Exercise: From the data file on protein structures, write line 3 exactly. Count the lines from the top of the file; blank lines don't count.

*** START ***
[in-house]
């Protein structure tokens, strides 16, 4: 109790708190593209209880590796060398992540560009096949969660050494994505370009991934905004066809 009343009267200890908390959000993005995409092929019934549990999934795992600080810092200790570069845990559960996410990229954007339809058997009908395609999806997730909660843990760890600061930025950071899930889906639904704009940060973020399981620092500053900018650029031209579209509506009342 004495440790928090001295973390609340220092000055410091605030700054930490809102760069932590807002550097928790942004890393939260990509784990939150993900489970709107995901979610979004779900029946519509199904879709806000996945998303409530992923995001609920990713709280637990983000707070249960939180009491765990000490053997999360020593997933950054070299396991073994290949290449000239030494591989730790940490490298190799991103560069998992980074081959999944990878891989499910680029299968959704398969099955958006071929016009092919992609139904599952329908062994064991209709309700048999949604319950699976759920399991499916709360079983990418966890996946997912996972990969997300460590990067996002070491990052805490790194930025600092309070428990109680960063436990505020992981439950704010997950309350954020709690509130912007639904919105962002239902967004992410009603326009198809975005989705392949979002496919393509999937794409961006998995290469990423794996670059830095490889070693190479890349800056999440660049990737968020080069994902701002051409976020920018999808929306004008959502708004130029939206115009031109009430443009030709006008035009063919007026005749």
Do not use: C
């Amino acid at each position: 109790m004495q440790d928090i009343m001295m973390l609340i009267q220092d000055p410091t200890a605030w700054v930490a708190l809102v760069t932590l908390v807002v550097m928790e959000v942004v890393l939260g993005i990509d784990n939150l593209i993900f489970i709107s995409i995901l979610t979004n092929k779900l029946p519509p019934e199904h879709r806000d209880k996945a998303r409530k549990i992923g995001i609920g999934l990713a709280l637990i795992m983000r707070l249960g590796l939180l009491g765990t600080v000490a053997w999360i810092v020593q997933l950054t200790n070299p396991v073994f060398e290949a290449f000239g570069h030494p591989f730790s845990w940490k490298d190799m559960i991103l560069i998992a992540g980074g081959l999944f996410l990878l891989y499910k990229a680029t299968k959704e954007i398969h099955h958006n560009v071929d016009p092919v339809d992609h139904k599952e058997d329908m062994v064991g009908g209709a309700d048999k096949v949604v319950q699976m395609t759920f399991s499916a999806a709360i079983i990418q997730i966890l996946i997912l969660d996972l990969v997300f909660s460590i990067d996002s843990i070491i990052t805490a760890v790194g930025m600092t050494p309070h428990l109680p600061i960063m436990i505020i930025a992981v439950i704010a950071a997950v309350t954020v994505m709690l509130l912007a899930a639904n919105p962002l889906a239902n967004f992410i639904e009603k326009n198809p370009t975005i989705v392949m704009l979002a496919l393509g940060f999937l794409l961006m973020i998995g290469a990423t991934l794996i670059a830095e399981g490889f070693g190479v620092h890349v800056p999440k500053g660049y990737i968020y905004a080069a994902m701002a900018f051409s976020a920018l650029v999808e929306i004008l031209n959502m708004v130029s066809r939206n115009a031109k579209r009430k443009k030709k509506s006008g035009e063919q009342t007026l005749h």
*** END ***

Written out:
Do not use: C